From Glenridding the route heads uphill, past the Youth Hostel then up Greenside to Sticks Pass. We struggled up the steep track, then followed other runners up beside a waterfall to cut the corner. It was at the point that the first of the racing snakes passed me, making me feel extremely slow, but I knew I just needed to keep moving steadily onwards. The eternally cheerful Stu Smith and Liz from Nav4 were waiting to see us through the checkpoint at a bridge. The rain was still falling steadily, I was pretty sodden at this point but was hopeful that things would improve after Stick Pass. I caught up with Mike again just before the pass, but he left me on the long descent towards Thirlmere. After having to put up with a stiff headwind all of the way up until this point, it was unfortunate that I now had to cope with a strong wind pushing me down the most technical descent of the route so far, which was a bit scary. The rain had stopped however and it was good to run with my hood down. I arrived at Swirl Hows checkpoint just after Mike and I managed to eat a few more snacks, have a cup of tea and refill my Camelbak . We set off together along the forestry track, straightforward but undulating running at first, until we met the first stream crossing. This was previously a straightforward walk across a bridge, but with the bridge swept away in the floods, it was slightly more problematic now. First we had to climb over rubble, mud and trees, then drop down into the fast flowing stream, then up over the rubble again to get out. Unfortunately I lost my footing in the stream and went in up to my waist. Not an unusual occurrence for me, but it gave Mike a good laugh. The dunking didn’t make me much wetter than I already was so we carried on. A marshal then told us the bad news that a key bridge was unpassable so we had to make a route choice; either drop down to the road and follow this for half a mile until the footpath could be re-gained (longer) or cut up the hillside and cross the swollen Raise Beck higher up (harder). I went for the road option and Mike took the hillside, but we met again at Grisedale Tarn, proving that there wasn’t much difference. Once again the rocky technical descent from Grisedale was marred by a very strong wind from behind. At one point I was blown forwards and just managed not to go head first down a rocky step. We quickly recognised that this was a dangerous spot and took off down the grassy hillside instead, following some other runners. We caught up with a couple of chaps who were walking and it was evident that one of them had been injured, so he borrowed my sticks to get him back to the road at Patterdale. It was good to run without the sticks for a bit, but I was worried how I would manage later on when I got tired. It was about 3 miles of track and road running down the valley and Mike and I ran well, overtaking several other groups. By the time I was heading back through Glenridding however I was feeling a bit queasy and was alternating walking and running. Once at the Side Farm checkpoint again I just managed to eat a handful of chocolate raisins and drink a cup of tea, before heading out of the door again with Mike. A tough uphill section was taken slowly, but we were keen to get down the other side before darkness fell. I didn’t want to put my head torch on during the steep technical descent as it changes my depth perception, so I hurried on into the gloaming, just getting to the road in time. It was just a case of getting our heads down and running as often as we felt able, which precluded running up any hills! We finally reached Martindale Church, pleased to see the long-suffering marshals. I knew it was about 6 miles from here, but still with a long, steady ascent. First however we had to negotiate the steep hairpin bends down into Howtown, quite tricky with water flowing down the road with us. The road was completely flooded at the bottom, along the side of Ullswater. Once back on the track, it was slowly, slowly up the hill, with the rain hammering at our backs. Totally soaked through, but knowing this was the last leg, I kept moving as fast as I could. At some point Mike and I separated going uphill, so I was on my own with the tricky navigation section back across Askham Common. In the event though, I caught up with a chap called Max and we confirmed the route choice together, passing the Cockpit Stone and finding the way back to the intake wall. The final descent into Askham was longer than I remembered and I saw 11 hours slip out of my grasp. As I had hoped to complete the route in 12 hours, I was still very pleased with my final finishing time of 11.08. A few minutes later Mike arrived in 11.14, as sodden and bedraggled as me, but both pleased to be off the hillside and in the dry.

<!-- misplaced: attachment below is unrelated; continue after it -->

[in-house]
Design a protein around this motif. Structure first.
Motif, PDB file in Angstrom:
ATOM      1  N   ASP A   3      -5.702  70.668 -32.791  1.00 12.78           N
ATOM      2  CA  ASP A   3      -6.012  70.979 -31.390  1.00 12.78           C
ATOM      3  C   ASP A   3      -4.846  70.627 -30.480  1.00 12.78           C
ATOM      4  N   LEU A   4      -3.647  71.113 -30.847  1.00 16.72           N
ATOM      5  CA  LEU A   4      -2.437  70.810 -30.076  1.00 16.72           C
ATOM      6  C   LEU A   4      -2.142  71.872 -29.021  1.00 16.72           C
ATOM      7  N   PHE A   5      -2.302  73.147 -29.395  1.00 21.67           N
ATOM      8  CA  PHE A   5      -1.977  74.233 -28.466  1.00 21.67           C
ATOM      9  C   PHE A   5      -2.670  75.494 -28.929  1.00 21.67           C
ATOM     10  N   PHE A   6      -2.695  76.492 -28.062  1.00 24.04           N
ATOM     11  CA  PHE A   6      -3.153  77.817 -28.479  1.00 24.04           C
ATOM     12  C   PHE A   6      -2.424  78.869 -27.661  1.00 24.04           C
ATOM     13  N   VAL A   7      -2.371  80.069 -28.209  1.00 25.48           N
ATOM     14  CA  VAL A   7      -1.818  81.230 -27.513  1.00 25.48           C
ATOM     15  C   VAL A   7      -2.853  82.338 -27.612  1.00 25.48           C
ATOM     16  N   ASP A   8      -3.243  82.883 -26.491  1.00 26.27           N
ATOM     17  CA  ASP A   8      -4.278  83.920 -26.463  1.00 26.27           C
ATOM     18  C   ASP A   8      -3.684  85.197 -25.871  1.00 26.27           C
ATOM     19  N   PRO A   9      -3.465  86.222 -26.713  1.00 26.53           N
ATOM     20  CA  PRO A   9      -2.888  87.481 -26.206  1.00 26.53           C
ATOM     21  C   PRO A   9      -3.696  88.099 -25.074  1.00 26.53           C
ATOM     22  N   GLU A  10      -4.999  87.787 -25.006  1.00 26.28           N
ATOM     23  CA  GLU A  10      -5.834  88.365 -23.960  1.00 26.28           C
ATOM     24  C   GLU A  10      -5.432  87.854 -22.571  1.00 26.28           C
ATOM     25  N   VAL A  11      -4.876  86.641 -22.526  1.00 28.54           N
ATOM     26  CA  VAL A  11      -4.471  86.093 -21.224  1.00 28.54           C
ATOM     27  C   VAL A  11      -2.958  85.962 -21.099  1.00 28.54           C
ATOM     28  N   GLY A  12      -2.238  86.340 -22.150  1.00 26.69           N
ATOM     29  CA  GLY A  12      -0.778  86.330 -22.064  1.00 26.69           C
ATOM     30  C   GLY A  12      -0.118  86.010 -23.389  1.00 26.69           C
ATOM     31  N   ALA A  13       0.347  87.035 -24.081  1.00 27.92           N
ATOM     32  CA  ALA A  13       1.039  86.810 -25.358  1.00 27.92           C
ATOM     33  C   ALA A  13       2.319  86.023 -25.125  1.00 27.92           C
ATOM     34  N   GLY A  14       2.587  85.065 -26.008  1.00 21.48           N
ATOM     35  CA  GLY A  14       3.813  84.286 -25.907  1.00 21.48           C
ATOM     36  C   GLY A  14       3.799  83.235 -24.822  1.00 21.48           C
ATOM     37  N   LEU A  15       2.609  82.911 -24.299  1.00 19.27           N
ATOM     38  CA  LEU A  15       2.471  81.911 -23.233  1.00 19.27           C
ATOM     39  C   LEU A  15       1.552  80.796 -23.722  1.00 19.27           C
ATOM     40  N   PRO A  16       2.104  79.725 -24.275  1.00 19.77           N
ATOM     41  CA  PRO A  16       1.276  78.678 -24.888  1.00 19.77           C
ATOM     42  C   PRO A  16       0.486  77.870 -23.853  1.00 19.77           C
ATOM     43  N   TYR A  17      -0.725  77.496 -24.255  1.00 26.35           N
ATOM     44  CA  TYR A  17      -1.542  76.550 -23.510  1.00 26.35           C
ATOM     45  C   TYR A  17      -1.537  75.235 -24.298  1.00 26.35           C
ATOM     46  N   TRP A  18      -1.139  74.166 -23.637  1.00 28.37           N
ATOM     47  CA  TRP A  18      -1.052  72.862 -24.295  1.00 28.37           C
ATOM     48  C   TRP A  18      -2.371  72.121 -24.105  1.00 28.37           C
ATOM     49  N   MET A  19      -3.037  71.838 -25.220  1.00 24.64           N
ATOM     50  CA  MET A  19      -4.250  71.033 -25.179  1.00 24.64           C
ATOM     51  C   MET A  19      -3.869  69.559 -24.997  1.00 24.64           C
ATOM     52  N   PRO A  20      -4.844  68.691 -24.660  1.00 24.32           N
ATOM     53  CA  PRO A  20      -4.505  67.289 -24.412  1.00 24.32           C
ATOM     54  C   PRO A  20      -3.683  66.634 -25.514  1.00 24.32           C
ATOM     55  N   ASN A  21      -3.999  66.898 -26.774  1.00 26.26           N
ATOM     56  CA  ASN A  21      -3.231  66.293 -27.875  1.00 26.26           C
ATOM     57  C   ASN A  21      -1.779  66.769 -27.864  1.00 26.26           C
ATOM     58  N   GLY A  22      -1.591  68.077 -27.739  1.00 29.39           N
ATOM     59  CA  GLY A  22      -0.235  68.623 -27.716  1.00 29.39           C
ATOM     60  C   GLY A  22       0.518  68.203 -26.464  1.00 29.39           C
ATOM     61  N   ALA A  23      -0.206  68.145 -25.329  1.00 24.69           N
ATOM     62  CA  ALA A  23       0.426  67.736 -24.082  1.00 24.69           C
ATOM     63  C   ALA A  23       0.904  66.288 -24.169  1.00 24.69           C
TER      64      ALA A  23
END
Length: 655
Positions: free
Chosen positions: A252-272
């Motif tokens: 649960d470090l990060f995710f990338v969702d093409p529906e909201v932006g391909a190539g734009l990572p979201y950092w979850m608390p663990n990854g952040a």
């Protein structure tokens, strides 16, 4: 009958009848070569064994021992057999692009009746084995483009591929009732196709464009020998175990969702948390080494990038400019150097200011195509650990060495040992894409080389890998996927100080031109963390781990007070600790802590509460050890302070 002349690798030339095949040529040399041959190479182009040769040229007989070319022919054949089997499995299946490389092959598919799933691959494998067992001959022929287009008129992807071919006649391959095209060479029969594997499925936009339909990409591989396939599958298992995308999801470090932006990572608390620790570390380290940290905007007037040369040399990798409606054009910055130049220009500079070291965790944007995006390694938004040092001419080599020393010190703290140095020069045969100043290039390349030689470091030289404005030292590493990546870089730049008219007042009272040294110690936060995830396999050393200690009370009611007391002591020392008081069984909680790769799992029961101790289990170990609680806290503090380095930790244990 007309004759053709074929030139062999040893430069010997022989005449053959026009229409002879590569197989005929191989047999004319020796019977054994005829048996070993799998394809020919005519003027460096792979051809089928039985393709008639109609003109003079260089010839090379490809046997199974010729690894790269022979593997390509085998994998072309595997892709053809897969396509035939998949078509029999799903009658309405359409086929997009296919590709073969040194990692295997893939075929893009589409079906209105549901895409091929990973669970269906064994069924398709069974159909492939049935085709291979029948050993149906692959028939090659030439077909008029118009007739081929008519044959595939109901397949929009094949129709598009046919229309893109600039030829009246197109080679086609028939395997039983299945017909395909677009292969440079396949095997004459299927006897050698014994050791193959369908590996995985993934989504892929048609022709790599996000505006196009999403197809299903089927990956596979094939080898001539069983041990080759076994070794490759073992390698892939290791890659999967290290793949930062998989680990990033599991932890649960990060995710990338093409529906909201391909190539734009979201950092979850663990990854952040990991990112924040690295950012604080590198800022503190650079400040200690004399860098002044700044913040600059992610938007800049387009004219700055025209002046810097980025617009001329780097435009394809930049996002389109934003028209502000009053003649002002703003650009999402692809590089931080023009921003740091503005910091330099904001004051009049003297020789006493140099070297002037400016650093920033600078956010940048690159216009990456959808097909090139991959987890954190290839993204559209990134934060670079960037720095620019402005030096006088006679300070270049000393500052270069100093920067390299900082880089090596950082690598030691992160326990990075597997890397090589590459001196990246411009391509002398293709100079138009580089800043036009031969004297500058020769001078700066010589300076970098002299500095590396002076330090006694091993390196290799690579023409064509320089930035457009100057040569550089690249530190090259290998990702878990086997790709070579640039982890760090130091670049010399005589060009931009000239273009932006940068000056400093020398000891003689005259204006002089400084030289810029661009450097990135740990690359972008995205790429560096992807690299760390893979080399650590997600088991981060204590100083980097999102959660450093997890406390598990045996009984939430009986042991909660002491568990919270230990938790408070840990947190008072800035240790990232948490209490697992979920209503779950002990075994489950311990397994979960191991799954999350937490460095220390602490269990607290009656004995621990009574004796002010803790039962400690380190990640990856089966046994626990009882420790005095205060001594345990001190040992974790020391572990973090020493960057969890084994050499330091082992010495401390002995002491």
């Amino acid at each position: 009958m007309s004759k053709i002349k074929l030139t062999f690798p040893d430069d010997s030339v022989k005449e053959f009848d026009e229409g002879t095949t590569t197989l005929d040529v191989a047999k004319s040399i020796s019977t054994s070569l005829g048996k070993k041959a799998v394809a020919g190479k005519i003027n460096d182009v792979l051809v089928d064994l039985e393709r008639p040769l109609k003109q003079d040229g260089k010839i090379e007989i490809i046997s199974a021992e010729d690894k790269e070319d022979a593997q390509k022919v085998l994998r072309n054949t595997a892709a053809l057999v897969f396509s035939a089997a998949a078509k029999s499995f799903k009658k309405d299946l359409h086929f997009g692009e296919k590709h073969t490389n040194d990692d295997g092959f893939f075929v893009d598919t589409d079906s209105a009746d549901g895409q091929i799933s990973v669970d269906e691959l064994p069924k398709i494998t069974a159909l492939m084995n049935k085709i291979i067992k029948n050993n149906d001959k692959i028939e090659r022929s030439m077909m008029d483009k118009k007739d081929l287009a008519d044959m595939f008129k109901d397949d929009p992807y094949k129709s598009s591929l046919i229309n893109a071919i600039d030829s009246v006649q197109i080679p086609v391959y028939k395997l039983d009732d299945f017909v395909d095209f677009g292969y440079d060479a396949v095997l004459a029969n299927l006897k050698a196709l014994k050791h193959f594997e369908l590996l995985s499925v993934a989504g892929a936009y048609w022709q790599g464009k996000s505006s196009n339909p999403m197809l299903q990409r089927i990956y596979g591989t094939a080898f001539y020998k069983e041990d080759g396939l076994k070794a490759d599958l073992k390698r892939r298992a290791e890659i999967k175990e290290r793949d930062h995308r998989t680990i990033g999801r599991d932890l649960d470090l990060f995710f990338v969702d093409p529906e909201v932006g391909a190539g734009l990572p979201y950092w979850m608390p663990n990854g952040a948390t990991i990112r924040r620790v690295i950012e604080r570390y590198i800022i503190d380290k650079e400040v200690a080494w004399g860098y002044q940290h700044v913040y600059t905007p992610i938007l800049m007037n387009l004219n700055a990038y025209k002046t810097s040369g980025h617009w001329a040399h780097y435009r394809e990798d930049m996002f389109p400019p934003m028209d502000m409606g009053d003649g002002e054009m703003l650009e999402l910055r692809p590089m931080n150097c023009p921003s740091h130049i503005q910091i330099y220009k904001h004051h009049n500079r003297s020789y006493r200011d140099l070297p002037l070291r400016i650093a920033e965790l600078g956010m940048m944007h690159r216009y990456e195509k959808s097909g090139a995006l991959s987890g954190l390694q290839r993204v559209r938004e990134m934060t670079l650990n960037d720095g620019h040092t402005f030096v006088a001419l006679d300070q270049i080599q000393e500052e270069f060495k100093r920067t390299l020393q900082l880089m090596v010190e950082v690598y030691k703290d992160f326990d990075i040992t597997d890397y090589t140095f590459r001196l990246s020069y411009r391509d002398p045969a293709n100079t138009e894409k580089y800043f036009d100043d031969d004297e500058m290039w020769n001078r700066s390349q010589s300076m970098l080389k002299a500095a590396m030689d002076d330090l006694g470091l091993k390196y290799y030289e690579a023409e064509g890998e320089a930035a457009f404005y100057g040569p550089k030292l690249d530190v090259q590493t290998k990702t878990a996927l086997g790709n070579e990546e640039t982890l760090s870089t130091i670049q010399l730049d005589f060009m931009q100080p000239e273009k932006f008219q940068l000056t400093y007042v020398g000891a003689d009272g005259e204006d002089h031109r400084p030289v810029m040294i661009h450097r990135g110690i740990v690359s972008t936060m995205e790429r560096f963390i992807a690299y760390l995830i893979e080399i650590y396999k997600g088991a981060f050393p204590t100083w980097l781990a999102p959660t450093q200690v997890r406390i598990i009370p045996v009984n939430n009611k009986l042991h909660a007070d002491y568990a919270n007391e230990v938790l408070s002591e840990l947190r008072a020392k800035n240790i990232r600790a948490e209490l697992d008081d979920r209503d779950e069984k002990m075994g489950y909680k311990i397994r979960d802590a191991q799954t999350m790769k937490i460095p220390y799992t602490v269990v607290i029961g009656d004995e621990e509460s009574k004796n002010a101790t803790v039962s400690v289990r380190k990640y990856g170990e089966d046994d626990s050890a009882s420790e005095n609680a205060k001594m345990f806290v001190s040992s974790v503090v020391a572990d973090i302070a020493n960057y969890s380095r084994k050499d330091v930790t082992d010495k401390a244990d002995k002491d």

Once showered and warm, eating Nav4's lovely soup, I could reflect on the race. It had been a tough day in epic conditions, but on a great route in the mountains. The organisation by Nav4 was flawless and it was great to have this opportunity to run this winter ultra.